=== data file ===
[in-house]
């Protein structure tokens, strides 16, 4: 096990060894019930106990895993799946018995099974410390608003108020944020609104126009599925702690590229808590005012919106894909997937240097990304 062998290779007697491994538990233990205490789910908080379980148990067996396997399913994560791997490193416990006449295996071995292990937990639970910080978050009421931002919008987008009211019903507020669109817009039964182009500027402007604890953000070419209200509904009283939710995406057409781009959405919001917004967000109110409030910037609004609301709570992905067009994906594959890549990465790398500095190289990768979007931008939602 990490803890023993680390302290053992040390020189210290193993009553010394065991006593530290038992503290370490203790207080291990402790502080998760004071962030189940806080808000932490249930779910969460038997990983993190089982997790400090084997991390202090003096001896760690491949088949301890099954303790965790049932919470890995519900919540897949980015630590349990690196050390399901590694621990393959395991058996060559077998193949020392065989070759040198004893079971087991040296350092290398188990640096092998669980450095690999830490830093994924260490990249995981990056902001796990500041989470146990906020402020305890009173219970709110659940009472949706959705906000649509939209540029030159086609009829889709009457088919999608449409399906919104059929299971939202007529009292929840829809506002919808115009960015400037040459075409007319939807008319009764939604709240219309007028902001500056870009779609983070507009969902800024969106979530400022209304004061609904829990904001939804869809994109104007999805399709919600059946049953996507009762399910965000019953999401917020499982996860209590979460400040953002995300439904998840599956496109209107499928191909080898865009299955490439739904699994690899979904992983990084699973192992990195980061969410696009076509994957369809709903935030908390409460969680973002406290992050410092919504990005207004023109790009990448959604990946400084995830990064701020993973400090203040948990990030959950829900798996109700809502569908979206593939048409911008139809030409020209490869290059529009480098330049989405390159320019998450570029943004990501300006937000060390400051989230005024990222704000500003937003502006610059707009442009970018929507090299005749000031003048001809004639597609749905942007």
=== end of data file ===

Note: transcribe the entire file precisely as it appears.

[in-house]
């Protein structure tokens, strides 16, 4: 096990060894019930106990895993799946018995099974410390608003108020944020609104126009599925702690590229808590005012919106894909997937240097990304 062998290779007697491994538990233990205490789910908080379980148990067996396997399913994560791997490193416990006449295996071995292990937990639970910080978050009421931002919008987008009211019903507020669109817009039964182009500027402007604890953000070419209200509904009283939710995406057409781009959405919001917004967000109110409030910037609004609301709570992905067009994906594959890549990465790398500095190289990768979007931008939602 990490803890023993680390302290053992040390020189210290193993009553010394065991006593530290038992503290370490203790207080291990402790502080998760004071962030189940806080808000932490249930779910969460038997990983993190089982997790400090084997991390202090003096001896760690491949088949301890099954303790965790049932919470890995519900919540897949980015630590349990690196050390399901590694621990393959395991058996060559077998193949020392065989070759040198004893079971087991040296350092290398188990640096092998669980450095690999830490830093994924260490990249995981990056902001796990500041989470146990906020402020305890009173219970709110659940009472949706959705906000649509939209540029030159086609009829889709009457088919999608449409399906919104059929299971939202007529009292929840829809506002919808115009960015400037040459075409007319939807008319009764939604709240219309007028902001500056870009779609983070507009969902800024969106979530400022209304004061609904829990904001939804869809994109104007999805399709919600059946049953996507009762399910965000019953999401917020499982996860209590979460400040953002995300439904998840599956496109209107499928191909080898865009299955490439739904699994690899979904992983990084699973192992990195980061969410696009076509994957369809709903935030908390409460969680973002406290992050410092919504990005207004023109790009990448959604990946400084995830990064701020993973400090203040948990990030959950829900798996109700809502569908979206593939048409911008139809030409020209490869290059529009480098330049989405390159320019998450570029943004990501300006937000060390400051989230005024990222704000500003937003502006610059707009442009970018929507090299005749000031003048001809004639597609749905942007």